• Adrienn said on March 17, 2014 #

      Thank you Angela! I love your relaxed and professional approach! Space for play and creativity is what children need the most.

  15. [...] Child’s Play: The Art of Toy Rotation [Playful Learning] [...]

  16. [...] Child’s Play: The Art of Toy Rotation | Playful Learning [...]

  17. M. Marold said on March 18, 2014 #

    My four-year old has more trucks than our town owns. But, he does not use them. Every time I try to rotate them or suggest they move along, he freaks out. But, these are BIG Bruder trucks. I can’t seem to get him to let them be out of sight, yet they take up a lot of room. Any ideas for a kid old enough to remember the toys and fights change?

    • Adrienn said on April 14, 2014 #

      Thank you for sharing your story M. Marold!
      Let me give you a couple of suggestions to make it easier:

      -Try to schedule it before his birthday or any other present giving date. Suggest that you will need the storage space to accommodate the new toys he will get.
      -You can do it when he is not around and when he asks for a certain truck you can just it give back to him.
      – If you already tried before and it didn’t work why not involve him in the whole process. Pick a time when he is calm and joyful and suggest that you will make a garage for some of his cars in the basement or closet or wherever you can store them. You can tell a story about cars needing regularly check-ups and his cars are no exception. Explain to him that monthly maintenance is critical to ensure the safety, reliability, comfort and longevity of a car. Try to tape some signs on the shelves indicating that this is a car repair shop.
      Then ask him which cars are due for their monthly repair. You can even tell him to pick an exact number.
      -Take some of his cars to grandparents if it’s possible so he can play with them there
      -Under bed storage solutions are also an option, he can keep everything in his room, but it won’t take up valuable space + it’s out of sight.

      Good luck! :)

  18. Anna Hindocha said on March 27, 2014 #

    Thanks for this. We do this very haphazardly, good to be offered a bit more of a structured approach. We do notice that just after birthdays and Xmas when there are lots of new toys our son struggles to concentrate on any of them. I’d say the main things he doesn’t play with are:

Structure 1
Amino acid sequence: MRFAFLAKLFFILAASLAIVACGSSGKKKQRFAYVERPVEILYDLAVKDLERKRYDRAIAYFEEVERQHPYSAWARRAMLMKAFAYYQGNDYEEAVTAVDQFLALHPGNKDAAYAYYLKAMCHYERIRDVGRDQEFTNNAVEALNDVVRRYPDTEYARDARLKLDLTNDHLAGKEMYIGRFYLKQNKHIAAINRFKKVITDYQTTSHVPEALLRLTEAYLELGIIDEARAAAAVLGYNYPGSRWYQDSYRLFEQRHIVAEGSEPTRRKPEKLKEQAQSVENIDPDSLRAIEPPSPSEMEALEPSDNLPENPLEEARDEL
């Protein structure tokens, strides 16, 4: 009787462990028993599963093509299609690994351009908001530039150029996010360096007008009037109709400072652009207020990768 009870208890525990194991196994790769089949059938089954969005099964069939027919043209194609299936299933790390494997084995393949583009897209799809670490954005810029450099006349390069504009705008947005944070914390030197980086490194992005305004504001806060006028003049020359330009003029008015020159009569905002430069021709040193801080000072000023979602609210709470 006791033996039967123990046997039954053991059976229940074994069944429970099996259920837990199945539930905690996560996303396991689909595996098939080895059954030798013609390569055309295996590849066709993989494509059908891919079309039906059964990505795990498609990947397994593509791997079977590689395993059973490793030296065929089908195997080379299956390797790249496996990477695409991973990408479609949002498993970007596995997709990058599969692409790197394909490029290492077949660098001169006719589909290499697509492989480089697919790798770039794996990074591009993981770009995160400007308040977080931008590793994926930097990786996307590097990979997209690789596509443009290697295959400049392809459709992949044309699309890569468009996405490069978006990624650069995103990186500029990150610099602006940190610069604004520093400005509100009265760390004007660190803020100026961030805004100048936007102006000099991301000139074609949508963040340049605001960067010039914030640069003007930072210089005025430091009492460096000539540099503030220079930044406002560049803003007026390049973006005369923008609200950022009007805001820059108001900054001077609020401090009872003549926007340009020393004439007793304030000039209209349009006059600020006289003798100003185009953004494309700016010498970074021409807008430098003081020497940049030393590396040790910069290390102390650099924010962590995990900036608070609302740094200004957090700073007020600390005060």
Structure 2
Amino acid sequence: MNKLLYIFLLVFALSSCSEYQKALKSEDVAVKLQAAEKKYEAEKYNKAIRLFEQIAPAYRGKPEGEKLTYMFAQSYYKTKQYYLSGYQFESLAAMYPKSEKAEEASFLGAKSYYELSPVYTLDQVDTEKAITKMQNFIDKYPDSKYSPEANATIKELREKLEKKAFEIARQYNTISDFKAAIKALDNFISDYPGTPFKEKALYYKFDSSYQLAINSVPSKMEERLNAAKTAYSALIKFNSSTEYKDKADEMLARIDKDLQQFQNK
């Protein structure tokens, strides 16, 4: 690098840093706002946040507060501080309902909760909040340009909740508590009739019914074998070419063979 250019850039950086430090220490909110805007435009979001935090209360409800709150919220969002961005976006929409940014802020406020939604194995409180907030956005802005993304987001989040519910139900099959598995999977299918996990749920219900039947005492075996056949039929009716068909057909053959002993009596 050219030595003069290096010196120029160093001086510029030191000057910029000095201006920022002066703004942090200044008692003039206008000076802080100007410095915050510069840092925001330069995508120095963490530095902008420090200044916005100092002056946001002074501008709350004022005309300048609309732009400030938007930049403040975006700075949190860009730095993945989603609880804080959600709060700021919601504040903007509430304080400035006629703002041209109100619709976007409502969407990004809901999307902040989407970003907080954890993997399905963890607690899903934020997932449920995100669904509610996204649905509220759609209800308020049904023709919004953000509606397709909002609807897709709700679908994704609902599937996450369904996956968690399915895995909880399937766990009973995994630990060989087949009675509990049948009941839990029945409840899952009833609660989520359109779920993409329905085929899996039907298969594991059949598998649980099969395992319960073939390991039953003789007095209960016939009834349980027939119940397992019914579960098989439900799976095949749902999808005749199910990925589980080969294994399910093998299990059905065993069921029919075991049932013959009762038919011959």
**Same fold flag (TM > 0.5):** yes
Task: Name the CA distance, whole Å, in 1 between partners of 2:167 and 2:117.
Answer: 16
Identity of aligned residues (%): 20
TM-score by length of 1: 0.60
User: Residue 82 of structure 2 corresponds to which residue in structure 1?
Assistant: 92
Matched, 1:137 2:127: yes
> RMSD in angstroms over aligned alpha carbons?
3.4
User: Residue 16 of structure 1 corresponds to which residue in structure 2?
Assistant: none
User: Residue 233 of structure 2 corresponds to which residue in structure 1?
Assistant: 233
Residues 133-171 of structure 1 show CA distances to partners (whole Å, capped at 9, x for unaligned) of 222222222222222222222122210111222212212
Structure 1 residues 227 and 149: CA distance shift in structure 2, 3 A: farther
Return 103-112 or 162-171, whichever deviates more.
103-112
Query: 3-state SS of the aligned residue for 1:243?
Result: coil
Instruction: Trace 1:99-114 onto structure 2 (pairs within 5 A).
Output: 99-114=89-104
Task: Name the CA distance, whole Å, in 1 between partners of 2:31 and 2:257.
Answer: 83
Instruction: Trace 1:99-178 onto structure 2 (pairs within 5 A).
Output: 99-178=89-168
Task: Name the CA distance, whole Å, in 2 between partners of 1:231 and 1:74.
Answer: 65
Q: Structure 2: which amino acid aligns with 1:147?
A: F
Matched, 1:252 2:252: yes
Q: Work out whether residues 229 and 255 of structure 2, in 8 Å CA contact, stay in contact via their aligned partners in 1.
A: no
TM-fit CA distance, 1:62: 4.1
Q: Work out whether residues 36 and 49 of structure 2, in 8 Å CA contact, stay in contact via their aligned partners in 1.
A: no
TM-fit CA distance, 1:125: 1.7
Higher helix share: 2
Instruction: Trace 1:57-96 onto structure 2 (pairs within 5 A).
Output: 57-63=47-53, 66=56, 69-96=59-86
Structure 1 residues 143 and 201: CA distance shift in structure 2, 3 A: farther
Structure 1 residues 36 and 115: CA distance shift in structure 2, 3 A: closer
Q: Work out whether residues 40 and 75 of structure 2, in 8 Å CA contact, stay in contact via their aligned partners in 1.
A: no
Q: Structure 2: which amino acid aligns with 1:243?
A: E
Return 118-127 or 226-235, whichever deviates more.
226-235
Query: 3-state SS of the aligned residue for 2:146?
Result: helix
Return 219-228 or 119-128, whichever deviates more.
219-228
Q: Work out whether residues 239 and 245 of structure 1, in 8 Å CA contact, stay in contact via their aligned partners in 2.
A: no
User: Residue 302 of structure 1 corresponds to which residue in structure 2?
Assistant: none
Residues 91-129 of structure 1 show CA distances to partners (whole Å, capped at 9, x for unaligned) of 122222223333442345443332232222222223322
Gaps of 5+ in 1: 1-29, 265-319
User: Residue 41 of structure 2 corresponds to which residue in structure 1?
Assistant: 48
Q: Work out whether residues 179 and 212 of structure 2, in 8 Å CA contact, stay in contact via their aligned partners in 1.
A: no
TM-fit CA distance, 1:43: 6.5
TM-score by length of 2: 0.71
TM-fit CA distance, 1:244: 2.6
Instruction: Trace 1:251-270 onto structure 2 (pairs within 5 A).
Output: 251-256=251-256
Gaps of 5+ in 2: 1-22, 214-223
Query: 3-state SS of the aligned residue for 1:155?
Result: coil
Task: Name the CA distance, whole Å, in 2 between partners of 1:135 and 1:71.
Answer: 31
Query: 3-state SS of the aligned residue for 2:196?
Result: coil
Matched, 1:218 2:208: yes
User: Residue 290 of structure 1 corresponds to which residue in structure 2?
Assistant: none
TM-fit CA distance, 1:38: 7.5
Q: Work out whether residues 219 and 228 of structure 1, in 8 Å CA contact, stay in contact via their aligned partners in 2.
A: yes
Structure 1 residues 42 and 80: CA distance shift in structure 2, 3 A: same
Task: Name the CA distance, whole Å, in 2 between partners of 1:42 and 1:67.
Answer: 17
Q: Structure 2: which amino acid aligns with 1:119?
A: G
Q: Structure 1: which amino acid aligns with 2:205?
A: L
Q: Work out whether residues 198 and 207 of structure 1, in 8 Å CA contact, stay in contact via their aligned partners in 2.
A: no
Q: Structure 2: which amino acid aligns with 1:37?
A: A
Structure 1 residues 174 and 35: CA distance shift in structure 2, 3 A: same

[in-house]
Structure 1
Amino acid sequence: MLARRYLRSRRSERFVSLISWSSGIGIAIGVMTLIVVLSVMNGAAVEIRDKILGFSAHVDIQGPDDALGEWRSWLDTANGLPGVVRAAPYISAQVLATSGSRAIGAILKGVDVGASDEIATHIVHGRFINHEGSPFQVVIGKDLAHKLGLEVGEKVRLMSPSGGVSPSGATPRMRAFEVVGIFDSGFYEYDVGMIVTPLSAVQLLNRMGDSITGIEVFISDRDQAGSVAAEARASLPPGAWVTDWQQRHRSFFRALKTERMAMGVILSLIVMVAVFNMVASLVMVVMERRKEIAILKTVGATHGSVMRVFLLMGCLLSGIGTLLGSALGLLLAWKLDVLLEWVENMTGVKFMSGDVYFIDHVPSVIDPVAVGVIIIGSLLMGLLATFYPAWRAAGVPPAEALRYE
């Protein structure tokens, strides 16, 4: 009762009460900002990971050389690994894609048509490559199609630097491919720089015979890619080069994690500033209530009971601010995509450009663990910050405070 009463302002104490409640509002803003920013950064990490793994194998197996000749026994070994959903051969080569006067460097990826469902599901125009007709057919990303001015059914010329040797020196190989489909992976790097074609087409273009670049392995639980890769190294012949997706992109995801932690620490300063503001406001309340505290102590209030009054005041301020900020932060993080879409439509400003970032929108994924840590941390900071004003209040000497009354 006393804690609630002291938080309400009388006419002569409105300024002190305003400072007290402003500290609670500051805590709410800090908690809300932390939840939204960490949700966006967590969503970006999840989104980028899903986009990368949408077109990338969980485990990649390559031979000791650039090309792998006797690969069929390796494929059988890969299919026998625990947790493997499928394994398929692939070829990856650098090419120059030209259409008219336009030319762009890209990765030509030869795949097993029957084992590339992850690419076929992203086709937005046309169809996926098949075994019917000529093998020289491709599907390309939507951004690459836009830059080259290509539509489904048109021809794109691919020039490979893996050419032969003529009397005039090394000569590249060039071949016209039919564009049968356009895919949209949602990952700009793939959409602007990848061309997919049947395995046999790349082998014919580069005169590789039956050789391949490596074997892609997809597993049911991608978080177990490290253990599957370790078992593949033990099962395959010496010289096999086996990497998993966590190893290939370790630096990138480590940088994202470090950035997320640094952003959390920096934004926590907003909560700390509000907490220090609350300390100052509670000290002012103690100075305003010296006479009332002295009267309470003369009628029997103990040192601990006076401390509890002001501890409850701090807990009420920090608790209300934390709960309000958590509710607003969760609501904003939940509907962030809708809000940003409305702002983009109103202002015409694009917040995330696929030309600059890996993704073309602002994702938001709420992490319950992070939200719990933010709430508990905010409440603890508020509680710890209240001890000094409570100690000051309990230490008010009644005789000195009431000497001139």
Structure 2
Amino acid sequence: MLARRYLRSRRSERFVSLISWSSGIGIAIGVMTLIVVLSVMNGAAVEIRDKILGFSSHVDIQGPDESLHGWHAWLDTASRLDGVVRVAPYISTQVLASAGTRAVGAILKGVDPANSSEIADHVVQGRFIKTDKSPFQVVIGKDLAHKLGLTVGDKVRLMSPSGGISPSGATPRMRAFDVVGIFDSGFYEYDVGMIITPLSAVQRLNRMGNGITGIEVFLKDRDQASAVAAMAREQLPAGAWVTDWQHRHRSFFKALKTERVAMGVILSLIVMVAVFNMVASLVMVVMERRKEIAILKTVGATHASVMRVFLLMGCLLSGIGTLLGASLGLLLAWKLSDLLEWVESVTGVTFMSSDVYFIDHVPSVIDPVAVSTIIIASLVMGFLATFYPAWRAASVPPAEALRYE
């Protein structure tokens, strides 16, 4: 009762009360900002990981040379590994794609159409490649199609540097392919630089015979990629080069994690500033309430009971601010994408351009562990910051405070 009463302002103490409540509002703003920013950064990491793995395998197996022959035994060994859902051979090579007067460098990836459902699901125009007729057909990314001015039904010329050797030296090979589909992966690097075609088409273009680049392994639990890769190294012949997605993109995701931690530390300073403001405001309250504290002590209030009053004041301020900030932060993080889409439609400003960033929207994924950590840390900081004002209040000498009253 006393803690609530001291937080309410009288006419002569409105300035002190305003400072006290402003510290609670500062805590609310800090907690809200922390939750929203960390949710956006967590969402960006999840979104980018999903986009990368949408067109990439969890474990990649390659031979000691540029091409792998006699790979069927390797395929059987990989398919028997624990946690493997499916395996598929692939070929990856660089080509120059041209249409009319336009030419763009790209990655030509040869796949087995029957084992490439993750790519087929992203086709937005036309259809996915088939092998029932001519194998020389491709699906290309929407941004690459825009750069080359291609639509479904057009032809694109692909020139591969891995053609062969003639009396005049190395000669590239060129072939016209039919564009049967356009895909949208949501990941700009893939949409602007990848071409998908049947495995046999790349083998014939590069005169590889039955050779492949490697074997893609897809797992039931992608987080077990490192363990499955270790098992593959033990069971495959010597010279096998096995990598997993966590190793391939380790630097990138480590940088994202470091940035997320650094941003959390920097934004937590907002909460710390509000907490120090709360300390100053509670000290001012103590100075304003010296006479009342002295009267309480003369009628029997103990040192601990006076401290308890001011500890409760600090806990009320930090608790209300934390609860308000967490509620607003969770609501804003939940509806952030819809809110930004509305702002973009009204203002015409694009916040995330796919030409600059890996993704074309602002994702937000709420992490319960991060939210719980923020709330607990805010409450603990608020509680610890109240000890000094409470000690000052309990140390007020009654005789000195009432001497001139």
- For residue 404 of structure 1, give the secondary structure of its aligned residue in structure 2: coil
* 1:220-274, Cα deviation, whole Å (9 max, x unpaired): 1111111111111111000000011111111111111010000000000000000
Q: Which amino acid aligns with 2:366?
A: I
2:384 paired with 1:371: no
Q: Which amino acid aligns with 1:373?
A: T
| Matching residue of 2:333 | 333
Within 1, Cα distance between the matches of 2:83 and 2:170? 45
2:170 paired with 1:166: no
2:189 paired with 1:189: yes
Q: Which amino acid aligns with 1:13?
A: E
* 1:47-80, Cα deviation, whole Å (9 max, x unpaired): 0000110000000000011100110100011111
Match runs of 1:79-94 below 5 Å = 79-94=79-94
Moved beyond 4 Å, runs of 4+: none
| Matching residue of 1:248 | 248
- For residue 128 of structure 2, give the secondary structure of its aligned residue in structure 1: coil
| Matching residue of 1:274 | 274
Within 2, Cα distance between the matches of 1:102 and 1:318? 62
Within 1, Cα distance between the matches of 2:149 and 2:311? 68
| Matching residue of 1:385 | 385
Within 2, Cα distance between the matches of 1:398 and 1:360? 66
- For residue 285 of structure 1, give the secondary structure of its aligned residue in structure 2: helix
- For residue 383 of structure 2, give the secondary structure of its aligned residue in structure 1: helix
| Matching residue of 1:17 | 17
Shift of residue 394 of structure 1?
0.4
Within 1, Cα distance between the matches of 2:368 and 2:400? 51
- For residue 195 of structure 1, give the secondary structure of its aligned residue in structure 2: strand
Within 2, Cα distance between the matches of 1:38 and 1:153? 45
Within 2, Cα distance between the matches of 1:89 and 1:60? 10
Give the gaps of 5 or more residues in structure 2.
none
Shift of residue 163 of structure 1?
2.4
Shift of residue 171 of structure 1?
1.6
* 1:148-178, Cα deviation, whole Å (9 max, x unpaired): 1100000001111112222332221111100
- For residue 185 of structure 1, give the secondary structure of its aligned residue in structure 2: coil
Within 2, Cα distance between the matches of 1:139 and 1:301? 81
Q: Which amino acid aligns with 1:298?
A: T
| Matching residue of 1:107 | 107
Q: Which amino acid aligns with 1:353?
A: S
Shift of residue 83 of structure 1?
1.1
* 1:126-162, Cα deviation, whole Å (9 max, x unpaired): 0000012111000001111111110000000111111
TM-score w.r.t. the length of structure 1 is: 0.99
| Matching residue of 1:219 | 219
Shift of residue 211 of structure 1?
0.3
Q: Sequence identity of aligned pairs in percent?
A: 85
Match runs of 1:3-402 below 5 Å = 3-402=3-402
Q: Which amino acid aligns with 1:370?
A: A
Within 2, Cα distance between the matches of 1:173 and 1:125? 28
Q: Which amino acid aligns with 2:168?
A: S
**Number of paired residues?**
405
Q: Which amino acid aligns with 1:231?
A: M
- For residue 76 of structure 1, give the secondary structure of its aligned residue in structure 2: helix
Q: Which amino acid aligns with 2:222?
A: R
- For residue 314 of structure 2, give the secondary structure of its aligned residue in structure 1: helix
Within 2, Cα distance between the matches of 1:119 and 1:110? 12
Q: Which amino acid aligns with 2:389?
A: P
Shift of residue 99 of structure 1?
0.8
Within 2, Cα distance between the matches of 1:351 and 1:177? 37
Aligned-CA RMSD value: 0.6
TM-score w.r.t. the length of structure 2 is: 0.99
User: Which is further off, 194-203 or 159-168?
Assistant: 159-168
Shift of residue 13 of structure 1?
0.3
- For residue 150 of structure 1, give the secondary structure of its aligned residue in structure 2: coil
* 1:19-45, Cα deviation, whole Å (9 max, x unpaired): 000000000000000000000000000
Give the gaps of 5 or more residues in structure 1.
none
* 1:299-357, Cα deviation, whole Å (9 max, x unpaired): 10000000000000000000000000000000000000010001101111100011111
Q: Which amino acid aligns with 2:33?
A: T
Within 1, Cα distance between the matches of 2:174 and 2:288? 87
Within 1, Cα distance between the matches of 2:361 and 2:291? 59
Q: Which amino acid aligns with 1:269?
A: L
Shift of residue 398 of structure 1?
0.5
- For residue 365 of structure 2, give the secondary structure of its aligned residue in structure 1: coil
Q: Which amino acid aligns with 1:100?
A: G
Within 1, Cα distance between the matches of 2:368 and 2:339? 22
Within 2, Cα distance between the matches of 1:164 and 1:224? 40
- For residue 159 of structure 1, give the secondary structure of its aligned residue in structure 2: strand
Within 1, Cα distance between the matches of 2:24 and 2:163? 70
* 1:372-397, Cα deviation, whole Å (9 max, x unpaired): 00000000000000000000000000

1)Some cuddly toys
    2)Wooden tool box
    3) Wooden puzzles that are too young for him now
    4) Xylophone
    5) Dressing up clothes.

    Will try and sort these out later.

    • Adrienn said on April 14, 2014 #

      You are welcome Anna! :)
      Happy to hear that you have a system! Don’t worry about whether it’s haphazard or not as long as it works just fine for your family!
      Maybe you can set up a music box with other instruments so the xylophone can be used more often?

  19. [...] But if that is not something that you want to do, there are still options available to keep the closets uncluttered by doing your own toy rotations. More information on toy rotation can be found at : and… [...]

  20. […] each. For below 2yrs, a high chair or own playpen/cot will ensure safe playing. During such times, Toy Rotation  (Playful Learning has a good system but you get the idea. Just categorise them simply if her […]

  21. Kids Toys said on July 2, 2014 #

    That’s a lovely idea Adrienn. I think my kid’s toys are my biggest concern and I never thought about rotating things. Your post is lovely. Thanks a ton for sharing.

  22. Play Space Inspiration | Janet Lansbury said on August 14, 2014 #

    […] his box of blocks, a dump truck, a silver bowl and wooden spoon, and a push “mower.” I try to rotate every few weeks, bringing in some new things and taking the items out that he’s shown less […]

  23. […] a blogger who is experimenting with a minimalist lifestyle with a family. I find the whole idea of toy rotation […]